Yes, it’s an ad, but it’s a darn good one. This fun video from Mercedes-Benz demonstrates a chickens (as well as many other birds) ability to keep its head almost perfectly positioned in the same place despite moving its body from side to side. Destin over at SmarterEveryDay discussed the phenomenon back in 2008 and I’ve included it above for reference. Y’know, for science.
One night while walking the streets of Porvoo, Finland with a camera in hand, photographer Mikko Lagerstedt (previously) captured the silhouette of a large cat off in the distance lit feintly from behind by a street lamp. Struck by the image, he conceived of a new series called Night Animals, where all kinds of wildlife would prowl the streets of this small Finnish town at night. As much as I want to tell you he raided the local zoo to liberate an ostrich, the images are all composites of two photos, an animal and backdrop, both shot by Lagerstedt. If you liked this also check out Shauna Richardson’s Crochetdermy.
Onithology. Collage on asuka and watercolor paper, stainless steel, motor and electronics. 2013.
Colibri. Graphite and colored pencil on paper, stainless steel, delrin, motor, electronics. 2011.
Violetear. Acrylic and graphite on paper, stainless steel, delrin, aluminum, motor and electronics. 2011.
Since graduating from the Royal College of Art, artist Juan Fontanive has been exploring moving images and kinetic sculptures. My favorite of his lastest works are these three flipbook machines using drawings, acrylic paintings, and collages of birds. Two of the original machines above, Ornithology and Colibri are currently available through the New Museum.
When first encountering this body of photographs Madrid-based advertising and industrial photographer Miguel Vallinas it’s easy to view it as a familiar “animals dressed as people” project. But as you look closer you realize it’s quite a bit more than that. Aside from the solid retouching, lighting and overall execution, Vallinas took this anthropomorphic project a bit further and imagined what the fully-realized wardrobe of each animal might look like if it were wearing human clothes.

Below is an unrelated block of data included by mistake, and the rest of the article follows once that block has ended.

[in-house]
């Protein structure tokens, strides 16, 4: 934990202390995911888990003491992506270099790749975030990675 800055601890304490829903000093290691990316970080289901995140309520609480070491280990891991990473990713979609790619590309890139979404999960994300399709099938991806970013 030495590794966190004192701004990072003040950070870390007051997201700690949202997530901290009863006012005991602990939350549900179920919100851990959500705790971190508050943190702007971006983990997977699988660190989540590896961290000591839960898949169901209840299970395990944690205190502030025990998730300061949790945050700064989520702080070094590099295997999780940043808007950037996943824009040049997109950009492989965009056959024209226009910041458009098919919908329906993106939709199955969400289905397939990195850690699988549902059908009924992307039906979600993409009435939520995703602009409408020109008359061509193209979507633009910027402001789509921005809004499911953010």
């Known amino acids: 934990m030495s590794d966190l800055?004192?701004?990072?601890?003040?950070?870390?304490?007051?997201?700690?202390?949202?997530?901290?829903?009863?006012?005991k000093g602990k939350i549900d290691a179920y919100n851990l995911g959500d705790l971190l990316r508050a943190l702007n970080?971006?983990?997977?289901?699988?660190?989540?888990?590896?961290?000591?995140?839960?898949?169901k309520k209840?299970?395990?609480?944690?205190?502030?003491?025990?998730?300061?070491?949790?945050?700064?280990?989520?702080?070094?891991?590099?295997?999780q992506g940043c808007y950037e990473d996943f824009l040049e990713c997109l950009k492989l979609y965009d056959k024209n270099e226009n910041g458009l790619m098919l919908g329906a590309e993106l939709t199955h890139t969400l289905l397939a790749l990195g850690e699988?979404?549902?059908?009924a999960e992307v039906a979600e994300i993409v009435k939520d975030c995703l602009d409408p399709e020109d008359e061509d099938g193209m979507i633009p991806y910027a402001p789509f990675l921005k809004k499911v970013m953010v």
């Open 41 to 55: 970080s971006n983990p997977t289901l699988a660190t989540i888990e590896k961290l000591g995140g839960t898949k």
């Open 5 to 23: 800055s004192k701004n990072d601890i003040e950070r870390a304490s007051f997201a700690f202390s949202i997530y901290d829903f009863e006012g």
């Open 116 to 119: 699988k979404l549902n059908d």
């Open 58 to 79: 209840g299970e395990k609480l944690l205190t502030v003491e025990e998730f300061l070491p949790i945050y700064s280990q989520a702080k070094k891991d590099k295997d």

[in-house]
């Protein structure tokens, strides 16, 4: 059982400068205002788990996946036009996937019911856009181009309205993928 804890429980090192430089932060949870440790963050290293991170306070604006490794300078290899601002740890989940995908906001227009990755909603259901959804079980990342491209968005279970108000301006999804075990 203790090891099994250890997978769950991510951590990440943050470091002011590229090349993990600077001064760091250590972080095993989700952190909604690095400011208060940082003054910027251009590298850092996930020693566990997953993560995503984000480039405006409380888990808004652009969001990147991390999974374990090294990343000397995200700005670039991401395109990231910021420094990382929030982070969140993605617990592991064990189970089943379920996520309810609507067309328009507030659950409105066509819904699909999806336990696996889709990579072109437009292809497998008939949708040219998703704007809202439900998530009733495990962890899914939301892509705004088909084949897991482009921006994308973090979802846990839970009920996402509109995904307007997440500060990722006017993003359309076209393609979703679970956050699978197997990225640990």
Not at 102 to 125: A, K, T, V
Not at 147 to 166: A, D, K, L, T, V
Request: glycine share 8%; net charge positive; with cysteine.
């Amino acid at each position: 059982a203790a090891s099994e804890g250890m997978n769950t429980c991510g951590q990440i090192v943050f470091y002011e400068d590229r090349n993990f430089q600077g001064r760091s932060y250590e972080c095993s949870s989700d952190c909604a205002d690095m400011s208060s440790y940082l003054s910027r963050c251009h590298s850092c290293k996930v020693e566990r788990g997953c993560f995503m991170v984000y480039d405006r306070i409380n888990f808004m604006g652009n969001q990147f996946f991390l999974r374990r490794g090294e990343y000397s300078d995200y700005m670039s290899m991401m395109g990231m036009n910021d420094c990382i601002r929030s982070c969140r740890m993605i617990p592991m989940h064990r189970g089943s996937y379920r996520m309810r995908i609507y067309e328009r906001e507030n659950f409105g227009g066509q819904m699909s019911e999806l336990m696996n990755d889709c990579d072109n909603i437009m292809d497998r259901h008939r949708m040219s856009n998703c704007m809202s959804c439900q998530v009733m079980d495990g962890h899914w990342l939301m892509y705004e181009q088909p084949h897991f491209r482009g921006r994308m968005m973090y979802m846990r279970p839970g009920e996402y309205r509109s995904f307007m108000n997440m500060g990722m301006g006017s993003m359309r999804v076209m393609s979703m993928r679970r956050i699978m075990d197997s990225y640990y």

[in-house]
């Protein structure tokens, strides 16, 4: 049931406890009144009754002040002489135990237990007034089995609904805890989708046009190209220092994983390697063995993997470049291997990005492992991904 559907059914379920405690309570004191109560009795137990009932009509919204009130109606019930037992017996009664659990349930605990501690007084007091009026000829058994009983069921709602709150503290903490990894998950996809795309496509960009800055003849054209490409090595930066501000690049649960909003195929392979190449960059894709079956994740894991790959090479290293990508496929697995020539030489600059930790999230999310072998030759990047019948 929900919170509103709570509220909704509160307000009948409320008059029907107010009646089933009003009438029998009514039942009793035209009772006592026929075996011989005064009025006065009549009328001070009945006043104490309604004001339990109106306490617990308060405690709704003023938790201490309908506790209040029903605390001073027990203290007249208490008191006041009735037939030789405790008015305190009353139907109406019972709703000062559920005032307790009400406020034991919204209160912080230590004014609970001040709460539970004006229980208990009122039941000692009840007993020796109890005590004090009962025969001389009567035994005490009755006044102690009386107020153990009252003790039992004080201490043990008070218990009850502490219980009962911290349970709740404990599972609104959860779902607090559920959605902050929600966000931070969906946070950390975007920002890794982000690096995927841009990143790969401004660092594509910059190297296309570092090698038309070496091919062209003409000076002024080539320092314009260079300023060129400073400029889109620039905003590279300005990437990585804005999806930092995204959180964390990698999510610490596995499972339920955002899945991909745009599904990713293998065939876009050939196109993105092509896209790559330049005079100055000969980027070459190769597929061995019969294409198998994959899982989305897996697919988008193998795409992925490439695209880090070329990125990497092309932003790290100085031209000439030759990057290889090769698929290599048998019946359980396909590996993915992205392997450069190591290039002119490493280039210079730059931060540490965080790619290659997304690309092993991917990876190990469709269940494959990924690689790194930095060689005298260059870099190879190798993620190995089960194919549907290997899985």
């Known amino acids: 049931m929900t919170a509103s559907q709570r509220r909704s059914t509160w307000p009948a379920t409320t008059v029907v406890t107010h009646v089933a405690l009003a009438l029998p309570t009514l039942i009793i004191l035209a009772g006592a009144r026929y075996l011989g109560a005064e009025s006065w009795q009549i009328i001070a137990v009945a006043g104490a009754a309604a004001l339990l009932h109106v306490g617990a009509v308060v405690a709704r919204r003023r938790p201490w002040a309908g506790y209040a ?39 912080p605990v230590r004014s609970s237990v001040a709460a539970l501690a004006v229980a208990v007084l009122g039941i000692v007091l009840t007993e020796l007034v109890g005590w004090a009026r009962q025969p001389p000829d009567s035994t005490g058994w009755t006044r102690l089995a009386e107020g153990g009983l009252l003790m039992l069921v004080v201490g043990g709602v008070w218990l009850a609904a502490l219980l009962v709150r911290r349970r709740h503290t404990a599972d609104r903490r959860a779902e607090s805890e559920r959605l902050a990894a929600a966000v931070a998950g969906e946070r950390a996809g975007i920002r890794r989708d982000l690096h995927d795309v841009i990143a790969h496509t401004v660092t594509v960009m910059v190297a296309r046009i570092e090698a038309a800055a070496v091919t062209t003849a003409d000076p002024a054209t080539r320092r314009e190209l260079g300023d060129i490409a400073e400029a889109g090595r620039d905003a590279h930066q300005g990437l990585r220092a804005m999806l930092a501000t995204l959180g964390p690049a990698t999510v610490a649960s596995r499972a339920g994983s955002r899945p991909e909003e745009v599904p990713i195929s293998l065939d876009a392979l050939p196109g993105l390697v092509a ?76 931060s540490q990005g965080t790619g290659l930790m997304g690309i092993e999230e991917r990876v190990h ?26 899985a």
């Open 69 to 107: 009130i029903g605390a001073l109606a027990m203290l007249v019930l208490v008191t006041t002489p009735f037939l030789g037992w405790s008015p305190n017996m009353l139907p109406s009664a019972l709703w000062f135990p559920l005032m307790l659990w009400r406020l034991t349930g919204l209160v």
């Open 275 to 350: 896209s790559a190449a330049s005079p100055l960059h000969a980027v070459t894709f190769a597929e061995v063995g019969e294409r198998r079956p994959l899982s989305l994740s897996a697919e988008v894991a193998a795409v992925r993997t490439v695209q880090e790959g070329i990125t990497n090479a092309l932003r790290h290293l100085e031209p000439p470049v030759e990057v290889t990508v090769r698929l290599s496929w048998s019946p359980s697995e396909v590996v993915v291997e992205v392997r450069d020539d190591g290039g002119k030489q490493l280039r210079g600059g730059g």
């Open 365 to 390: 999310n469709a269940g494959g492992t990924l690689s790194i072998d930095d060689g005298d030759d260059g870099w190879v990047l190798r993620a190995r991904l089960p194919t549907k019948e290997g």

Titled Segundas Pieles (Second Skins), the ongoing series includes some 50+ animals whose personalities seem to be perfectly amplified by their pitch-perfect attire, making the portaits just a bit more human than animal. I’m pretty sure the hipster bird in the cardigan works at a coffee shop by my house. The work is a sister project to another series called simply Pieles where the photographer portrays himself in a wide range of professions. (via lustik)
It’s been over a year since we last checked in with paper artist Diana Beltran Herrera (previously here and here) whose skill in crafting the fine details of birds using paper has continued to evolve. Herrera’s work has begun appearing in several galleries and exhibitions around the world including Beers.Lambert Contemporary earlier this year and at the Art and Soul of Paper earlier this spring. She’s currently working on a collection of eight sculptures that will be on view at The Cornell Fine Arts Museum in Florida starting September 17th. See more on Flickr.
Peacock made of butterfly pea flowers, bottlebrush leaves, coconut leaf sticks, allamandas/trumpet flowers
Rooster made of gerberas and leaves
Parrot made from butterfly peas and gerberas
Kingfisher made of gerberas, butterfly peas and purple shamrocks
Hornbill made of chrysanthemums, germeras and purple shamrocks
Flamingos made from pink gerberas and twigs
Flamingo made from pink gerberas and twigs
Northern cardinal made of red gerberas and deep purple chrysanthemums with dill
Known for her numerous art projects where images are created using numerous objects, artist Red Hong Yi has begun a new series of birds made with flower petals and leaves. You might remember the project from earlier this spring where she played with her food. Many more birds are forthcoming and you can follow along via Instagram. (via designboom)